Kumonoi, the chief lady-in-waiting : Kamimura Kichiya
Utsugi Mutsunojo : Matsumoto Kingo
Nakaizumi Ukyo : Ichikawa Komazo
Masako, Naosuke's legal wife : Nakamura Jakuemon
Oshizu, Naosuke's concubine : Bando Tamasaburo

 A "New Kabuki" play written by Hojo Hideji.
Ii Naosuke was the head councilor of the Tokugawa shogunate in Japan in 1860 when there were pressures from inside and outside the country. Imperial loyalists demanded that the shogun step down and hand over rule to the emperor to resist the pressure from foreign countries. The United States and other countries insisted that Japan open its doors. On March 3, at the snow-covered gate to the shogun's castle, Ii Naosuke was assassinated by imperial loyalists. This modern play features the last day before the assassination as Naosuke senses that his end is near. The deaths of an old friend and his newborn daughter make Naosuke and his mistress Oshizu think back to simpler times before he was burdened by such responsibilities.


[Program commemorating the 7th anniversary of the death of Nakamura Tomijuro V]

[An itinerant Entertainer from Echigo Province]


An itinerant entertainer wearing lion masks and doing tumbling acts : Nakamura Takanosuke

 This piece is a dance portraying a street performance by an itinerant entertainer from Echigo Province (present day Niigata prefecture) wearing a lion mask, putting a drum on the stomach and doing tumbling acts. First he dances with a lion mask on, then to the piscatorial song and at last shows how one bleaches cloth in water by swinging two pieces of cloth to look like waves.




A courtesan : Bando Tamasaburo

 This piece is a dance portraying a courtesan's feeling of love in four seasons in Yoshiwara pleasure quarters in Edo (old name for Tokyo).
 A top rank courtesan thinks of her lover and begins to dance gracefully. She shows in dance how she reads a love letter to her lover, lovers' tiff and her feelings until she makes up with him in spring and an elegant dance with nothing in her hands in summer. Then she expresses having to wait for her lover through long autumn evenings, and in the end dances thinking of the snowy landscape of the Yoshiwara pleasure quarters in winter.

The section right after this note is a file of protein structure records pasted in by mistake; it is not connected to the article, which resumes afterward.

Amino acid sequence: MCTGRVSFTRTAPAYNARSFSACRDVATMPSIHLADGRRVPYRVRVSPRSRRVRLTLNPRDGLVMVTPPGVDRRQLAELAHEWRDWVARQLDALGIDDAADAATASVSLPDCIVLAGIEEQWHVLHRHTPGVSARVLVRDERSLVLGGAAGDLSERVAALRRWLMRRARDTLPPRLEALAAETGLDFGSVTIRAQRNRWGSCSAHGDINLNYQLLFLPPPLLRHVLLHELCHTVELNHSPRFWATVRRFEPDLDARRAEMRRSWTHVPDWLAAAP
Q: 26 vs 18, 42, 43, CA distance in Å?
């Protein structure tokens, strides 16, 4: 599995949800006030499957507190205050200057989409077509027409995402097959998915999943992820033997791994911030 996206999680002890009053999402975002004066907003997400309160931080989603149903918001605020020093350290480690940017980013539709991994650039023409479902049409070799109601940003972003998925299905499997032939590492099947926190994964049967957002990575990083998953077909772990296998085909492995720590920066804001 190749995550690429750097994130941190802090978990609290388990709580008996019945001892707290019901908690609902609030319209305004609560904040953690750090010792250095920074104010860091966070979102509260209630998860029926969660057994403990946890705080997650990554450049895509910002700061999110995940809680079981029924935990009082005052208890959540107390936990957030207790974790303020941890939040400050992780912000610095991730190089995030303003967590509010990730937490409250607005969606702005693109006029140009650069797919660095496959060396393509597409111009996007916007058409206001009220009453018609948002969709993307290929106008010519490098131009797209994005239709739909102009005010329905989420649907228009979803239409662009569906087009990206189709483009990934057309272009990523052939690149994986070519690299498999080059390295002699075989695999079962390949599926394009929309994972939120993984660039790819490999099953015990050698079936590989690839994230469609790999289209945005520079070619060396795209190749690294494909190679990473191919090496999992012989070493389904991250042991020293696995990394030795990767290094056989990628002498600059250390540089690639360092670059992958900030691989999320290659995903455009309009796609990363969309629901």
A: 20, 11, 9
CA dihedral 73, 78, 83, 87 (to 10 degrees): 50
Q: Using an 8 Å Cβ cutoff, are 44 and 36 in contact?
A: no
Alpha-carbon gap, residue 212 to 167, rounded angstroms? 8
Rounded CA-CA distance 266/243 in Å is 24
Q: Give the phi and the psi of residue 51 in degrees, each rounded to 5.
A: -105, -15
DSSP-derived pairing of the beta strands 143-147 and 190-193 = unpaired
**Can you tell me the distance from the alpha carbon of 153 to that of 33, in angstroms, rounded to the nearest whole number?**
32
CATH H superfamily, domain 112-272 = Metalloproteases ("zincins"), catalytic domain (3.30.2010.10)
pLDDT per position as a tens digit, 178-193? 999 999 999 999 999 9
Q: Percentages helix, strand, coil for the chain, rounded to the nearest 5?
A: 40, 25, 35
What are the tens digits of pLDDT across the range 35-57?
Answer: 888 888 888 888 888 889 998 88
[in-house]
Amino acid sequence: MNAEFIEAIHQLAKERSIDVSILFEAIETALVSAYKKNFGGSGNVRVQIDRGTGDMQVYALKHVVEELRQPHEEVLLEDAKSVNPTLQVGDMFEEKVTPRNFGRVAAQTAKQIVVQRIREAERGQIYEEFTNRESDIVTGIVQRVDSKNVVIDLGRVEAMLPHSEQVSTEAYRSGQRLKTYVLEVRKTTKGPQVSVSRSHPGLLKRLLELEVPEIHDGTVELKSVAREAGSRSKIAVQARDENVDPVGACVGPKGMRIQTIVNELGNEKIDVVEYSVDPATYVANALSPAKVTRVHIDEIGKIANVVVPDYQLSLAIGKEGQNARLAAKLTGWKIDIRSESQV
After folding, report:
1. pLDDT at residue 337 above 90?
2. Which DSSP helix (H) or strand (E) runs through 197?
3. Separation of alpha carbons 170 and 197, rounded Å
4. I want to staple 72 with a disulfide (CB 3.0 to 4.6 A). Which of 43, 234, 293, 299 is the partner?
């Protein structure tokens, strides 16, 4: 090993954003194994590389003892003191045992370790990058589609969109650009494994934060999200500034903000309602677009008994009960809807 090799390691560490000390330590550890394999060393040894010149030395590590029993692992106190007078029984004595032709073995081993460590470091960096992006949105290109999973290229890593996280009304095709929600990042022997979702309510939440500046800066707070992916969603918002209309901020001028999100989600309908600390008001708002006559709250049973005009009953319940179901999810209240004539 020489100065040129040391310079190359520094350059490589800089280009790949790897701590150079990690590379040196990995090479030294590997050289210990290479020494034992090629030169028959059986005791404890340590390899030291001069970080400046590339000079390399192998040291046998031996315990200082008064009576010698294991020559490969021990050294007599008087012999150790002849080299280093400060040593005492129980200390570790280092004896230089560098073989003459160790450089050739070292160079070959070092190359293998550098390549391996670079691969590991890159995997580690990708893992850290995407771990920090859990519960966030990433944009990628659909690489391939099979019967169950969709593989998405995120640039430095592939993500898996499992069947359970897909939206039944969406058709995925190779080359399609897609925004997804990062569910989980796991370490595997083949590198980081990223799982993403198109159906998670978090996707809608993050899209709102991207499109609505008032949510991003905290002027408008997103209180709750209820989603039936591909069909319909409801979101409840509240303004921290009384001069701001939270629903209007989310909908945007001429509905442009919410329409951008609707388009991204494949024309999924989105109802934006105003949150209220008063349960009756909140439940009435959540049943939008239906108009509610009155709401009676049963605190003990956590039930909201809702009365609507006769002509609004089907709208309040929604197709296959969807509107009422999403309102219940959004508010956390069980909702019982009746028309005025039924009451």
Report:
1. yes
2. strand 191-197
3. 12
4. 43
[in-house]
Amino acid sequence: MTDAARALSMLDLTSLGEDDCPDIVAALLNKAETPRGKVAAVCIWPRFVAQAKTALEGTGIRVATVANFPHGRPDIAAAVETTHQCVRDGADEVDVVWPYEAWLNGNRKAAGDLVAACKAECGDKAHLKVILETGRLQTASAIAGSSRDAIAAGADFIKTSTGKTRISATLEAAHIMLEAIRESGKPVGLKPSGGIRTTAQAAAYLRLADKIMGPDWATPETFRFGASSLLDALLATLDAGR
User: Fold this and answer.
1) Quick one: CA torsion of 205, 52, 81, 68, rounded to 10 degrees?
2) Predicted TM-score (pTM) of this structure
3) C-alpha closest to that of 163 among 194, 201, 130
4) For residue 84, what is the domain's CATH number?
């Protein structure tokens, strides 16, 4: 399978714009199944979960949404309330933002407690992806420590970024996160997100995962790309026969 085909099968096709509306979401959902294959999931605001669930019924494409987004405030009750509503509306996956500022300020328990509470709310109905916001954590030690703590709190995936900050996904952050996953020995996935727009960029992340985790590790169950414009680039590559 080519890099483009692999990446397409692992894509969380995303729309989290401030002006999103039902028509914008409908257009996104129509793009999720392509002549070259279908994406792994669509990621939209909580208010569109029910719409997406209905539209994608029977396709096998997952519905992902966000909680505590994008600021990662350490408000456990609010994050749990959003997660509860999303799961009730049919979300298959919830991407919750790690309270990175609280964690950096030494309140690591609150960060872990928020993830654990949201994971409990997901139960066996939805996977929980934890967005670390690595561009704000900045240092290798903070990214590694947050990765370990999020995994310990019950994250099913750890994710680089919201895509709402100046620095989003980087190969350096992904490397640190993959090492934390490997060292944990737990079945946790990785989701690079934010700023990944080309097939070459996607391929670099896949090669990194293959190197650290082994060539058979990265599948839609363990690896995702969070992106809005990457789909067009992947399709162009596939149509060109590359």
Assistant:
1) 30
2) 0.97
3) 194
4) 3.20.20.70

Originally, it was a scene of a seven transformation variety of dance.


[Lord Matsuura and the Drum of Chushingura]


Matsuura Shizunobu : Ichikawa Somegoro
Otaka Gengo : Kataoka Ainosuke
Onui : Nakamura Kazutaro
Takarai Kikaku : Ichikawa Sadanji

 This piece is a side story of Chushingura, one of the most popular stories based on a real incident, the revenge of the forty-seven loyal retainers.
Lord Matsuura is disgusted because the loyal retainers do not seem to be interested in avenging the death of the lord. He is upset because he studied with the same fighting teacher as Kuranosuke, the senior retainer who should be leading the vendetta. Moreover, he learns from a haiku teacher that Otaka Gengo, one of his students who should be part of the vendetta, is now living selling susudake (bamboo as cleaning tools). Thinking that this means that he is forgetting his loyalty toward his former lord, Lord Matsuura becomes furious but his haiku teacher shows him the poem Otaka Gengo had left. Lord Matsuura thinks over the meaning the poem has when the sound of the drum is heard from a distance. The attack has begun, and in joy, Lord Matsuura counts out the strokes of the drum, struck in a pattern that is only known by students of his fighting teacher.


This performance has English "G-Mark Guide" (captioning) rental service.
The "G-Mark Guide" provides essential translation of dialogue and lyrics, as well as explanations relating to the stories. Comments are carefully timed to coincide with the action on stage.
To use the G-Mark Guide you have to pay the device rent (1000 JPY) and deposit your identity card (you will get deposit receipt, for which you will get your identity card back when you return the device) at the G-Mark Guide counter.